National parks have long been touted as the pinnacle of land and animal conservation. However, a new study points to some flaws in the notion. The Natural History Museum of Utah's research shows that national parks may be seen as an essential part of conservation. Still, evidence shows "that many parks are too small to sustain long-term viable populations and maintain essential, large-scale ecological processes, such as large mammal migrations and natural disturbance regimes."
In the study, published Jan. 11 in Scientific Reports, the authors argue that the biggest threats to plant and animal species along western parks are habitat loss and fragmentation, because those locations have become "spatially and functionally isolated in a matrix of human-altered habitats."
Those areas become problematic because the park and reserves are not large enough to "preserve intact animal and plant communities."
The authors propose linking parks such as Yellowstone and Glacier National by singling out and removing barriers to movement. Mount Rainer and North Cascades are another hypothetical linkage noted by the authors.
"Eliminating barriers of movement between parks and more carefully managing land use along these pathways are crucial for the survival of many mammal species," said William Newmark, research curator at the Natural History Museum of Utah and lead author of the study. "Establishing an expanded protected area network based on identified mammal pathways and incorporating adjacent wilderness areas would greatly enlarge available habitat for mammal species. And this would have a very positive effect on species persistence time."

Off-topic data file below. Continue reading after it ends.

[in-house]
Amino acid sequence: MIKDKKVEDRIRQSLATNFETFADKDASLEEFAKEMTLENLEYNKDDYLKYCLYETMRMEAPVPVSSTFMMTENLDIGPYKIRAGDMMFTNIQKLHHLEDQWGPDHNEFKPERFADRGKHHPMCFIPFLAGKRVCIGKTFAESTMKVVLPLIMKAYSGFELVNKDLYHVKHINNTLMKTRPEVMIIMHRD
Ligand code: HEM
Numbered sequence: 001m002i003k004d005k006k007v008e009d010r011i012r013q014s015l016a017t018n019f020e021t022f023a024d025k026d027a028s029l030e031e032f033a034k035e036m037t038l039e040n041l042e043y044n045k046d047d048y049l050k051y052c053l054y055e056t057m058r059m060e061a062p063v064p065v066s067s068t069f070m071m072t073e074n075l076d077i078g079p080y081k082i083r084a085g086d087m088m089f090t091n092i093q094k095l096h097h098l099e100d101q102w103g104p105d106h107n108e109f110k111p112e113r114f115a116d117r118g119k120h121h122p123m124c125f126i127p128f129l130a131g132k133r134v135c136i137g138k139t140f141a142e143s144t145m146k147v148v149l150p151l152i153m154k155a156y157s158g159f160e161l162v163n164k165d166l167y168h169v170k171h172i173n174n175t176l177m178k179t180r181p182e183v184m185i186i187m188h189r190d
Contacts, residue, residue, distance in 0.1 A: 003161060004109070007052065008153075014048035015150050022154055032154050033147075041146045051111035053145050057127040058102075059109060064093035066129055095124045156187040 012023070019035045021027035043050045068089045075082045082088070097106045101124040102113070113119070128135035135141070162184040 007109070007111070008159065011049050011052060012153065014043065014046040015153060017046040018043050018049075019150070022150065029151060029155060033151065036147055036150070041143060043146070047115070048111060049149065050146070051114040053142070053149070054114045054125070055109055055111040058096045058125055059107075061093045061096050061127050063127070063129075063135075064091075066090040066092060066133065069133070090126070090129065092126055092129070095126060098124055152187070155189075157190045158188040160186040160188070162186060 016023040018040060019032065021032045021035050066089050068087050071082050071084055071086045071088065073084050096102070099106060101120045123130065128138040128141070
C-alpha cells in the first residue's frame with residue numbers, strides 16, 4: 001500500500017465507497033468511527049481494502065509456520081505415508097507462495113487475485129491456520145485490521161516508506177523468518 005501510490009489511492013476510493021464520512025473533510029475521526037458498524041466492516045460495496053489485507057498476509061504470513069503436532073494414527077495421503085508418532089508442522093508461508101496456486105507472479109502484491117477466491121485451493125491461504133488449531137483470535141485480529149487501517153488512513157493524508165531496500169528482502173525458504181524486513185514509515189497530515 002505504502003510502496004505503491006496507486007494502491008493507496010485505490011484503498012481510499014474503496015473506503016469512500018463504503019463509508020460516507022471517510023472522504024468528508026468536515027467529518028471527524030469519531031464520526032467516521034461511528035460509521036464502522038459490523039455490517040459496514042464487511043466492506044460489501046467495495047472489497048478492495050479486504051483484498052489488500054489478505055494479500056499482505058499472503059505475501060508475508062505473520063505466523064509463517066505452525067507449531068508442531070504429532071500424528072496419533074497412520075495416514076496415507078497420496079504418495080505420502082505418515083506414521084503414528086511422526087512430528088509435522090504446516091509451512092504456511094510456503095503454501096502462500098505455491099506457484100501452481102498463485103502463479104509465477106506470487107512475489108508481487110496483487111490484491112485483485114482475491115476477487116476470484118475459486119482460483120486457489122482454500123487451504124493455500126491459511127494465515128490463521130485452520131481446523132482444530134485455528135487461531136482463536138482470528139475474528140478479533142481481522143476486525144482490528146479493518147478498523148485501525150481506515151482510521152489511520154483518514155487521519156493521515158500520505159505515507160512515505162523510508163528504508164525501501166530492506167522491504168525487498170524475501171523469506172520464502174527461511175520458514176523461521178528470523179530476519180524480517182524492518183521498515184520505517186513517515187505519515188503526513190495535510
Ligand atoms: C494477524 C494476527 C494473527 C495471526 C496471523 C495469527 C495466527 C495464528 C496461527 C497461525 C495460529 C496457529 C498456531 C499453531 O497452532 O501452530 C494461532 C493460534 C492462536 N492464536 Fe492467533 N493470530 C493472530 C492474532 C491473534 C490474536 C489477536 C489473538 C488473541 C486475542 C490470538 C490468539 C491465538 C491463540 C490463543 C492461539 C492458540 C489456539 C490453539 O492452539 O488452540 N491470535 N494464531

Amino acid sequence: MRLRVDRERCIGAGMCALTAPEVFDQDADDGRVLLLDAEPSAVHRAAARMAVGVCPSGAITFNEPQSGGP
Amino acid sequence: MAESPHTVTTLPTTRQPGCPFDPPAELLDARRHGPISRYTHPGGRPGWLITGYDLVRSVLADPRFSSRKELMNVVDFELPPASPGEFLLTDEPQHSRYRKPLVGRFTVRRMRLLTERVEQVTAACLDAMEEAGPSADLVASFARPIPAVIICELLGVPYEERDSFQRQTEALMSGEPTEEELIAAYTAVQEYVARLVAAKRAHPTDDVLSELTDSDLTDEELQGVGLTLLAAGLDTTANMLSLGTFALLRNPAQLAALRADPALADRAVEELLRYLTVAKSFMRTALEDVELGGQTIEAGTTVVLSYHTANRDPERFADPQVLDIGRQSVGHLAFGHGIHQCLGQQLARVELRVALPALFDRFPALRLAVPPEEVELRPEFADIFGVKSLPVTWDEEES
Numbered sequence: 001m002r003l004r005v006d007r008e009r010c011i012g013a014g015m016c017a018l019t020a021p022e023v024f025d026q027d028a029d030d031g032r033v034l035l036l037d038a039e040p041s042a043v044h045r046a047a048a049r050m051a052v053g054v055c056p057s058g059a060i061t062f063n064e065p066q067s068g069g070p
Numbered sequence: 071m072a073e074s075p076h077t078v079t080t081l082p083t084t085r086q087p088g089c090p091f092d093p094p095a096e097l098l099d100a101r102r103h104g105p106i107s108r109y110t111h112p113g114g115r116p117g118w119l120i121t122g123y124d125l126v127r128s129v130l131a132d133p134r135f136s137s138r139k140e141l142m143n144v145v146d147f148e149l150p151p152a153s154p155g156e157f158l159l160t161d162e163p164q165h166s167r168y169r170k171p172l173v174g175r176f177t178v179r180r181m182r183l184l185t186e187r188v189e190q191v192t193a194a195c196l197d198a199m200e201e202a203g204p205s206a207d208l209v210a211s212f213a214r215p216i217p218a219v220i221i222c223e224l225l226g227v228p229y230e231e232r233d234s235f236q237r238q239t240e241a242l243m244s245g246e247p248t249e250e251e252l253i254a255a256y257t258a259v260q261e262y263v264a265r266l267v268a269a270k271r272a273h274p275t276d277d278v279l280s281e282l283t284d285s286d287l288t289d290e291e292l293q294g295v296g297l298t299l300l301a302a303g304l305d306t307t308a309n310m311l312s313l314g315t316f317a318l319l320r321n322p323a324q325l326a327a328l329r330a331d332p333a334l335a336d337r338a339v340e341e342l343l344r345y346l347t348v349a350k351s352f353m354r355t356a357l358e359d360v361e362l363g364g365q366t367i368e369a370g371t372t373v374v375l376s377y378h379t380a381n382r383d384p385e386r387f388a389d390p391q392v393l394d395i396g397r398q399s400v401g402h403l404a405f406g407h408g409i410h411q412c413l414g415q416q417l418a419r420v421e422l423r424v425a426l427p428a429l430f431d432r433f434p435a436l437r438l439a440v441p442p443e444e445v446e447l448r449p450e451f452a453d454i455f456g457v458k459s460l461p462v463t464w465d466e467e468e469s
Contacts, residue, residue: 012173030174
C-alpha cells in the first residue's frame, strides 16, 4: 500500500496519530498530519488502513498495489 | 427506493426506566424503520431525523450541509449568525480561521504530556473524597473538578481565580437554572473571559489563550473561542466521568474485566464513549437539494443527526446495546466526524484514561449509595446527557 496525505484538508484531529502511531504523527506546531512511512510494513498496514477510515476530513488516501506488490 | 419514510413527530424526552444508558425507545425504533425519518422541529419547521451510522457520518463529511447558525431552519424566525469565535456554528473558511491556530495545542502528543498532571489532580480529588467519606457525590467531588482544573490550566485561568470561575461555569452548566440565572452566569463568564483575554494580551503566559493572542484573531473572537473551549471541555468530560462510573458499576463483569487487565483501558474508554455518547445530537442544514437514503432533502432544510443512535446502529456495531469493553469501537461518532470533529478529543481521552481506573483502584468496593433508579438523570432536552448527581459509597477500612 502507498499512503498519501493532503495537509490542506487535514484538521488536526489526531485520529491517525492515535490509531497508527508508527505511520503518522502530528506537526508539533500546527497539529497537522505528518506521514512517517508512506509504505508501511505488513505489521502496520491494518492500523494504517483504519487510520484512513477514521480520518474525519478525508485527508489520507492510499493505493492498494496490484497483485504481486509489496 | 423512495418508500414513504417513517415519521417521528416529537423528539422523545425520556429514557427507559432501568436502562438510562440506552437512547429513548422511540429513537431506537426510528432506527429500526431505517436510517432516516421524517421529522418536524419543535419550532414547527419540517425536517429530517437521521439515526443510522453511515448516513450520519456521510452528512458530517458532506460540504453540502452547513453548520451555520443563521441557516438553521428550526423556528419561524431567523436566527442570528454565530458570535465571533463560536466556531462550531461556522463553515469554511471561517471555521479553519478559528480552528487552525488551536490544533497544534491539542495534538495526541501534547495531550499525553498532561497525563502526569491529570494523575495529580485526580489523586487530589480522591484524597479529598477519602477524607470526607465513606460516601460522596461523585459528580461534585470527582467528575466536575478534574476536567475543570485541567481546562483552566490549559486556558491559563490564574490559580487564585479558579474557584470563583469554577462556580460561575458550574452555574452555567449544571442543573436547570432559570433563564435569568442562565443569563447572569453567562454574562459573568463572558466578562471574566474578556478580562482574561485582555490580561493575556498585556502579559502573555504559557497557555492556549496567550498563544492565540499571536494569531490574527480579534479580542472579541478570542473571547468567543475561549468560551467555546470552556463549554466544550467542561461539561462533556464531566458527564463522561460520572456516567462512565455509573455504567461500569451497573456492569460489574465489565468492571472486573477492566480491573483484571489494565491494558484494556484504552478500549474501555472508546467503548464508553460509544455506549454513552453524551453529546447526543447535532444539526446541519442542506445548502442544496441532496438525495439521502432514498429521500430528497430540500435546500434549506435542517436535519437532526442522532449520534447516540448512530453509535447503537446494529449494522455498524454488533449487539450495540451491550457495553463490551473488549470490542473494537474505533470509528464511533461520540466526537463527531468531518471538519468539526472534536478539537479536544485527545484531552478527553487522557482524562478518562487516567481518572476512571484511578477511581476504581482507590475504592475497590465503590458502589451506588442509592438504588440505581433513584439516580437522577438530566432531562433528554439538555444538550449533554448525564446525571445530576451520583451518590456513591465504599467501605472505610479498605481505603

The study shows the long-term persistence time of mammal species would increase by a factor of 4.3 if the corridors are put in place. However, the proposed link would cross two- and four-lane highways, requiring ecological bridges either under or over the roads. Many ecological bridges are already being constructed in the western United States and Canada.
"However, a much greater effort will certainly be required if we are to reduce the known adverse impacts of highways on species movement and dispersal," said the study's co-author, Paul Beier, professor emeritus of Northern Arizona University.
Ecological corridors have been the subject of many small-scale studies that show their usefulness to animals. The authors of this study used information from habitats around the world to study patterns of species loss.
"The analytical approach presented in this paper can provide conservation planners and practitioners with a powerful method of prioritizing and quantifying the value of ecological linkages between protected areas," said John Halley, a co-author of the study and a professor at the University of Ioannina.
The authors point out that increased connectivity in the western U.S. and Canada would play an important long-term role in biodiversity and preservation. Initiatives have already begun and will likely serve as templates for large-scale conservation efforts in the U.S. and abroad.
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